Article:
Stress due to trauma from injury or surgery. Gastric suction / intestinal fistula Potassium wasting diuretics Ingestion of large amounts of ASA

26 Foods high in potassium
Apricots, bananas, oranges, pomegranates, prunes Baked potato with skin, spinach, tomato, lima beans, squash Milk and yogurt Pork, veal and fish

27 Monitor Potassium Levels
A child with a nasogastric tube in place that is set to suction, needs to have potassium levels monitored.

28 Sodium Sodium is the most abundant cation and chief base of the blood.
The primary function is to chemically maintain osmotic pressure and acid-base balance and to transmit nerve impulses. Normal values: 135 to 148 mEq / L

29 Hyponatremia Reflects an abnormal rate of sodium to water and is defined as a serum sodium concentration less than 135 mEq/L. Results from retention of water secondary to impairment in free water excretion.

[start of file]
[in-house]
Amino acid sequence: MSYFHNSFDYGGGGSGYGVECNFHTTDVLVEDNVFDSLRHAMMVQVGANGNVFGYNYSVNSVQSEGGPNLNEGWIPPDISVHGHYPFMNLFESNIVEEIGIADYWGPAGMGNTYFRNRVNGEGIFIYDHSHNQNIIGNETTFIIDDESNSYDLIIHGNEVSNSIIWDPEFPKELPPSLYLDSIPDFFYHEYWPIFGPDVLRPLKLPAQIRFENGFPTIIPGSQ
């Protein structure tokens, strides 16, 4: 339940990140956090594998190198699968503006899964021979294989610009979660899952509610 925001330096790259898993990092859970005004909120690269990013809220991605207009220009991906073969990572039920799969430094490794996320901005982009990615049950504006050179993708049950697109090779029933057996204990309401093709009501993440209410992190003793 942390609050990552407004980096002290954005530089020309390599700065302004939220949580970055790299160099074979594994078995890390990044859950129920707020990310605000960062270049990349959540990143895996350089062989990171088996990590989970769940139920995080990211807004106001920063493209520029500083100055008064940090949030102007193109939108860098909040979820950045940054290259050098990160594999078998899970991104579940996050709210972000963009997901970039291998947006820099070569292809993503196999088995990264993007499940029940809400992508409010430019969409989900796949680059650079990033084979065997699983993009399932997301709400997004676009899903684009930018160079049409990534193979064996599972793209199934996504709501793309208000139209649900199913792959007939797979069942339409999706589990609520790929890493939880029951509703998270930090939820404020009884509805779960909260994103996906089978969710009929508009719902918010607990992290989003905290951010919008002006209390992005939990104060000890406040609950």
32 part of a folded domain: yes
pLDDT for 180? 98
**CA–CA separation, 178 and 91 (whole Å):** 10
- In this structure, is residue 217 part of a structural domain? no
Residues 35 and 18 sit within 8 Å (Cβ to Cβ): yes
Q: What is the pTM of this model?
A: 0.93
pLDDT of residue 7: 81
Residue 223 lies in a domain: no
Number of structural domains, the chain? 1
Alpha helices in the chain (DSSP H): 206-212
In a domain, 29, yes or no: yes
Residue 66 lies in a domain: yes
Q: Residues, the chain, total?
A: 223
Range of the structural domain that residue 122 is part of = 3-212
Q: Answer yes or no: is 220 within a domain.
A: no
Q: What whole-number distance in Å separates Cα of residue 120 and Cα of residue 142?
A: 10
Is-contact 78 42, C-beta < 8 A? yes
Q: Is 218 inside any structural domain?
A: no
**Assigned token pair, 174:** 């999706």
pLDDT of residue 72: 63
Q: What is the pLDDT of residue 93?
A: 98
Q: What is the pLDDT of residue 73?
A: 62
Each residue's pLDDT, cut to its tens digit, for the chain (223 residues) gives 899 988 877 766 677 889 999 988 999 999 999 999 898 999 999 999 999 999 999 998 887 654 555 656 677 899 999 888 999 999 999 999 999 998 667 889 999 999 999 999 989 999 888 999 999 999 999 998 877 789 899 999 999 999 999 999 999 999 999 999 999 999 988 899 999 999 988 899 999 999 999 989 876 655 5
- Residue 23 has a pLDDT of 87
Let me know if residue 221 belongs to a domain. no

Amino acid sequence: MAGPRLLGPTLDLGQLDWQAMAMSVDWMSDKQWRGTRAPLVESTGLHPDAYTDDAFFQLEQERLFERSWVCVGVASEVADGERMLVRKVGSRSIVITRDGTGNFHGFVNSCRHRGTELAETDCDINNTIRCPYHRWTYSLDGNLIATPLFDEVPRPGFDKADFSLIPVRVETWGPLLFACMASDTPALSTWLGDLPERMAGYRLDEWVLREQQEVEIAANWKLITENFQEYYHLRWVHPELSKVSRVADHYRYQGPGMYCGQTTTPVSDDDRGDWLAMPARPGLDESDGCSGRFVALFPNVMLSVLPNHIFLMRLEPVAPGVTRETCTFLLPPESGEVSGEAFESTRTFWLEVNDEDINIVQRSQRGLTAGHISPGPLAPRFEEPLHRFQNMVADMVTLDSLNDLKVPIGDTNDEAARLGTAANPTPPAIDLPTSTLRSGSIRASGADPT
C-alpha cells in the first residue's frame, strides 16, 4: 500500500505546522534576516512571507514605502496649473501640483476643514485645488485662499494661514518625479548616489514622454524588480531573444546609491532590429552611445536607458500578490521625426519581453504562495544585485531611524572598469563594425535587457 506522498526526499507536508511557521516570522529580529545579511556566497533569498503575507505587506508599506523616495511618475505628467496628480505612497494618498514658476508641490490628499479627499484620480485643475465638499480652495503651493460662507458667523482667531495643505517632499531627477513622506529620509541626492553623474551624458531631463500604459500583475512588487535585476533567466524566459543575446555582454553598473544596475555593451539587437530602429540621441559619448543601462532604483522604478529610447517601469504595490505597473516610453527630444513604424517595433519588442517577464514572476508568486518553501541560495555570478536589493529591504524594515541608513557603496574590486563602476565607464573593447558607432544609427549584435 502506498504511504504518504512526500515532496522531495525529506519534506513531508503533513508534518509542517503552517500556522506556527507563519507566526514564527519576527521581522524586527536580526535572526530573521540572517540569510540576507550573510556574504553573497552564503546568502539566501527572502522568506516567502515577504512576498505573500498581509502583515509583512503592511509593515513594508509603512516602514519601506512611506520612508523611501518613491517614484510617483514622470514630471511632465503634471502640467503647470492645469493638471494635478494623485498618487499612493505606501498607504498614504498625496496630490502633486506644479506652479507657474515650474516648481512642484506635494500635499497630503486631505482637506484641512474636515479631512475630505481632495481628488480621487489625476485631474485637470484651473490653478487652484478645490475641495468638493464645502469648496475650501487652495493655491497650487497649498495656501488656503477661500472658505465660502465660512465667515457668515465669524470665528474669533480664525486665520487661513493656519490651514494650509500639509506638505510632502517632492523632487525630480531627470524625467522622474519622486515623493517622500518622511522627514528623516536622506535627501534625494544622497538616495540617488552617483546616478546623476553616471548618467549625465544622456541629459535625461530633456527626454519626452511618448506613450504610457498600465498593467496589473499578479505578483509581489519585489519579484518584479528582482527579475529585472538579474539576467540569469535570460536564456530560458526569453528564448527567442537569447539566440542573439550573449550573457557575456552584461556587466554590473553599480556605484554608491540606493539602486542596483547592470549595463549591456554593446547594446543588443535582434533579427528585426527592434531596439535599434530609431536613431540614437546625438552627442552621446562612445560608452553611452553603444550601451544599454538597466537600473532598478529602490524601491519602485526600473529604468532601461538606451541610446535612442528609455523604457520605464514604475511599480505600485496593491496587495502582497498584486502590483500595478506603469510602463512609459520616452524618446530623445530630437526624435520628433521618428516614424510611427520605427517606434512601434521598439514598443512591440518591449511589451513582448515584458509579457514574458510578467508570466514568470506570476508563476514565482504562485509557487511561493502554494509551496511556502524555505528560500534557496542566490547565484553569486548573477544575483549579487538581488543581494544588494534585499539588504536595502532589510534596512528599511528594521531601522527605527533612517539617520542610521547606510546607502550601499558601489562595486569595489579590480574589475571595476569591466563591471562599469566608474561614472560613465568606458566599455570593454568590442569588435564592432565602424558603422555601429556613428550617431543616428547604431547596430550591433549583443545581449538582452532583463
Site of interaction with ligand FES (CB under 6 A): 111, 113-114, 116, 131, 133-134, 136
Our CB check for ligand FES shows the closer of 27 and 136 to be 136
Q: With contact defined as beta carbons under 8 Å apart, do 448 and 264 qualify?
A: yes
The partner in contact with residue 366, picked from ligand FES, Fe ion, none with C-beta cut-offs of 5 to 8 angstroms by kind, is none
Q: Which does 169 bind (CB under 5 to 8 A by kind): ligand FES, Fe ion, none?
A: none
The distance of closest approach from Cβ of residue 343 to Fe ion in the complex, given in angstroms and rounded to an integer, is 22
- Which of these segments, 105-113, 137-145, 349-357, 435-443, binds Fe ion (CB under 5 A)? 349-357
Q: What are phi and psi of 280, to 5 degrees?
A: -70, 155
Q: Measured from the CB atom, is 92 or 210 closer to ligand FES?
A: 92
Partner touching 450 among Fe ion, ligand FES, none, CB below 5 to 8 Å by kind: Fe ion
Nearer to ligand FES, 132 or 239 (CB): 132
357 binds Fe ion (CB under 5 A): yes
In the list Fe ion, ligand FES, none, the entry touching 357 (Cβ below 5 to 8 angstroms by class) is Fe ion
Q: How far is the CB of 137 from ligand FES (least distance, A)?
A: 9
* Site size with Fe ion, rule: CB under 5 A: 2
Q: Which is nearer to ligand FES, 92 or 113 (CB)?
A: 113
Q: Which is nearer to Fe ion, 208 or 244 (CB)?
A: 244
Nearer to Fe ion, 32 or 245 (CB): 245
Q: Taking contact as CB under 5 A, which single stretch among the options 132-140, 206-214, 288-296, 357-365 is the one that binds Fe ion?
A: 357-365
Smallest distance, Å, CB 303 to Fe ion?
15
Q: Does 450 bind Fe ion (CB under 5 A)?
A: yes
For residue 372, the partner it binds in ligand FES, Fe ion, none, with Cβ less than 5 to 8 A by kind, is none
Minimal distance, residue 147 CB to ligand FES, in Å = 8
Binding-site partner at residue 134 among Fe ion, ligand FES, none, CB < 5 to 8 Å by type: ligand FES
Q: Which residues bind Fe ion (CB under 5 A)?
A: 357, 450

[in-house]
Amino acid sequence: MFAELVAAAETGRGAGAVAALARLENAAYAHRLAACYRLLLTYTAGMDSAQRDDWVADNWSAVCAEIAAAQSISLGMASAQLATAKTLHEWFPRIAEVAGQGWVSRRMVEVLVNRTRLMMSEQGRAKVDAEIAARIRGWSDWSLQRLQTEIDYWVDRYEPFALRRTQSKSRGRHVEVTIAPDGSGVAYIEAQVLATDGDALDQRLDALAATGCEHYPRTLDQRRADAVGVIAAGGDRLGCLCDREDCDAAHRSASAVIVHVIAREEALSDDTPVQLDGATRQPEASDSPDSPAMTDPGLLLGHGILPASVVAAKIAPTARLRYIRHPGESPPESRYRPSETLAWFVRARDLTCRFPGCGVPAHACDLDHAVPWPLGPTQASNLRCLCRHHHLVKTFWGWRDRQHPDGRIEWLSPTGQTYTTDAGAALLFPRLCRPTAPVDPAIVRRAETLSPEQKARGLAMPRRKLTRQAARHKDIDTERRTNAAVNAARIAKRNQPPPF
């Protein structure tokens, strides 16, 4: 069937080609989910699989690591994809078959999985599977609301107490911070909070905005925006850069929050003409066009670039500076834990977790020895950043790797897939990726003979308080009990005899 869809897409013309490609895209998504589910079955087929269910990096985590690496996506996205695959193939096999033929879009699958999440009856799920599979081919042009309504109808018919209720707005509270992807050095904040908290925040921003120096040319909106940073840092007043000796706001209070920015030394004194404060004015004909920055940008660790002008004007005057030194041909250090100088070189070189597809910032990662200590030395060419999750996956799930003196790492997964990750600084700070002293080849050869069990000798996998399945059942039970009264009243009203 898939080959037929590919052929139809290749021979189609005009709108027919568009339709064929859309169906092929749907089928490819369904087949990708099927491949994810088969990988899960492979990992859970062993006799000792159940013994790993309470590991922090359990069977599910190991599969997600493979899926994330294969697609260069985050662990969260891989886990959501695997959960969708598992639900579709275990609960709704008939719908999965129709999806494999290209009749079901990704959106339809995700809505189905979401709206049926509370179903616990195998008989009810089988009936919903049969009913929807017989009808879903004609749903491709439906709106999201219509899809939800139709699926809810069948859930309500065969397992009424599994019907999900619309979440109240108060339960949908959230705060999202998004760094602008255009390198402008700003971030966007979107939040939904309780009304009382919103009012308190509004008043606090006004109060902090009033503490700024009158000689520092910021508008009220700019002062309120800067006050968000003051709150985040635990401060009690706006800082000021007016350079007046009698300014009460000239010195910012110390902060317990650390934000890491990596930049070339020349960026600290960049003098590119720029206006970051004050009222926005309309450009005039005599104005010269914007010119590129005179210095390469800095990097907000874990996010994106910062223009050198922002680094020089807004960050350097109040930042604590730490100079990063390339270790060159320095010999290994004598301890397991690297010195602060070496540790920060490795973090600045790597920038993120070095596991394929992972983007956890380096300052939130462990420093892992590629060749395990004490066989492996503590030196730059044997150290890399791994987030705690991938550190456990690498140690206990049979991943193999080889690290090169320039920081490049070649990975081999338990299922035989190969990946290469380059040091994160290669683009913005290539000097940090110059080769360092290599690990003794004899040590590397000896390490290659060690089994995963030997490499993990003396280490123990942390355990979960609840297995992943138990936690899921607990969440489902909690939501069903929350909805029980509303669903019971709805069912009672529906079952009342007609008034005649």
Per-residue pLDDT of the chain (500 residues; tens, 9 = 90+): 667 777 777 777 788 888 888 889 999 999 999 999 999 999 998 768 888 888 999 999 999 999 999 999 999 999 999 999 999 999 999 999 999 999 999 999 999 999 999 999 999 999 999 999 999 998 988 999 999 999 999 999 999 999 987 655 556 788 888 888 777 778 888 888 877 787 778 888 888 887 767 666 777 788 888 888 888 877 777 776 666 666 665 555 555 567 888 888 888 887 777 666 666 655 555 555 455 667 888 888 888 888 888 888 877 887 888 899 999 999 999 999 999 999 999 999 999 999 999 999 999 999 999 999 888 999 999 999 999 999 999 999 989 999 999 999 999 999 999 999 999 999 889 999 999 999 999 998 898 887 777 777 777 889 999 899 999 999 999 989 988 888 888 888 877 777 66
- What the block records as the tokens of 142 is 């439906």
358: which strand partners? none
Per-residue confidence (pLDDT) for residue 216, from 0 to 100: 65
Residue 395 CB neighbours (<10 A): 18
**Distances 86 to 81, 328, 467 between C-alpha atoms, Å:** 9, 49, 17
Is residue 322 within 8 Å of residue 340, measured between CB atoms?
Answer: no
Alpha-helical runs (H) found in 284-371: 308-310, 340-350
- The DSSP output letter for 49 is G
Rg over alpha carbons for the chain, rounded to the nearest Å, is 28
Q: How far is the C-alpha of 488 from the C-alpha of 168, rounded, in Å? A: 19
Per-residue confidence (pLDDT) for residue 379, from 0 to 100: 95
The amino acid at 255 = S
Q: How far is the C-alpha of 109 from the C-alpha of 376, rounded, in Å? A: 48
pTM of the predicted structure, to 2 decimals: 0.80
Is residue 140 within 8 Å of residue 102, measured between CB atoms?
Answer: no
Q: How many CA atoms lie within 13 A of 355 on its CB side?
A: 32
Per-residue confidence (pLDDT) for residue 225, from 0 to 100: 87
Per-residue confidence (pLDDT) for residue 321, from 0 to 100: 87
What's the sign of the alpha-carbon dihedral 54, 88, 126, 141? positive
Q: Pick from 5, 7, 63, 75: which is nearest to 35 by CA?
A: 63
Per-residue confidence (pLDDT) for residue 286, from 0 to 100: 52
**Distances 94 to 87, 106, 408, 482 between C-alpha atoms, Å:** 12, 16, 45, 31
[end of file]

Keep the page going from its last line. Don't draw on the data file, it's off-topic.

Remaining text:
30 Pathophysiology When sodium levels drop in the fluids outside the cells, water will sweep into the cells in an attempt to balance the concentration of salt outside the cells. Cells will swell as the result of the excess water. Brain cells cannot accommodate – symptoms of hyponatremia result from brain swelling

31 Early Manifestations Anorexia, nausea, lethargy and apathy
More advanced symptoms: disorientation, agitation, seizures, depressed reflexes, focal neurological deficits Severe: coma and seizures: sodium concentration less than 120 mEq/L

32 Hypernatremia Serum sodium greater than 150 mEq/L is caused by conditions that produce an excessive gain of sodium or excessive loss of water that is greater than the loss of sodium.

33 Clinical Pearl Most infant with severe dehydration have a history of lethargy, listlessness, and decreased responsiveness; those with hypernatremia dehydration tend to be irritable and fussy.

34 Hypernatremia Inadequate fluid intake – 75%
Gastrointestinal losses – 44% Occurs primarily in infants with diarrhea dehydration Diabetes insipidus was major reason for excessive urinary output Loss from high fever, environmental temperatures and hyperventilation

35 Primary Sodium Excess Improperly mixed formula or re-hydration solution Ingestion of sea water Hypertonic saline IV High breast milk sodium